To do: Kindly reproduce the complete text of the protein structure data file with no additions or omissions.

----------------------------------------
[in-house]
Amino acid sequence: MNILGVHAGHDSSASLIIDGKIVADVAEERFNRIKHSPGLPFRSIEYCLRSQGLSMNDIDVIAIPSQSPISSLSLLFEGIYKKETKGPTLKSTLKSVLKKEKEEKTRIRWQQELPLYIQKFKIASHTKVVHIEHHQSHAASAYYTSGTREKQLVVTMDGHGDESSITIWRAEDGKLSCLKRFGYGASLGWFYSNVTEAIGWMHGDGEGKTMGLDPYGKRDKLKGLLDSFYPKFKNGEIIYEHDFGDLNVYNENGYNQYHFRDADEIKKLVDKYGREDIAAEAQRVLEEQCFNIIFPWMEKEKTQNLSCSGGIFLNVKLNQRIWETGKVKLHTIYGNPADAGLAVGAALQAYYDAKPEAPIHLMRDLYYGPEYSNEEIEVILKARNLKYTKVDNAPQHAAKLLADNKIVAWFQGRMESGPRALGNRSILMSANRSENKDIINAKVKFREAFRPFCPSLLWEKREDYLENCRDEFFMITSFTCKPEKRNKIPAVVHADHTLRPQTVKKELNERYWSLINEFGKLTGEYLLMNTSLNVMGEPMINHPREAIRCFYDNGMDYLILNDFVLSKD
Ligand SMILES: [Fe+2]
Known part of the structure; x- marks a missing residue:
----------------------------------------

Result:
[in-house]
Amino acid sequence: MNILGVHAGHDSSASLIIDGKIVADVAEERFNRIKHSPGLPFRSIEYCLRSQGLSMNDIDVIAIPSQSPISSLSLLFEGIYKKETKGPTLKSTLKSVLKKEKEEKTRIRWQQELPLYIQKFKIASHTKVVHIEHHQSHAASAYYTSGTREKQLVVTMDGHGDESSITIWRAEDGKLSCLKRFGYGASLGWFYSNVTEAIGWMHGDGEGKTMGLDPYGKRDKLKGLLDSFYPKFKNGEIIYEHDFGDLNVYNENGYNQYHFRDADEIKKLVDKYGREDIAAEAQRVLEEQCFNIIFPWMEKEKTQNLSCSGGIFLNVKLNQRIWETGKVKLHTIYGNPADAGLAVGAALQAYYDAKPEAPIHLMRDLYYGPEYSNEEIEVILKARNLKYTKVDNAPQHAAKLLADNKIVAWFQGRMESGPRALGNRSILMSANRSENKDIINAKVKFREAFRPFCPSLLWEKREDYLENCRDEFFMITSFTCKPEKRNKIPAVVHADHTLRPQTVKKELNERYWSLINEFGKLTGEYLLMNTSLNVMGEPMINHPREAIRCFYDNGMDYLILNDFVLSKD
Ligand SMILES: [Fe+2]
Known part of the structure; x- marks a missing residue: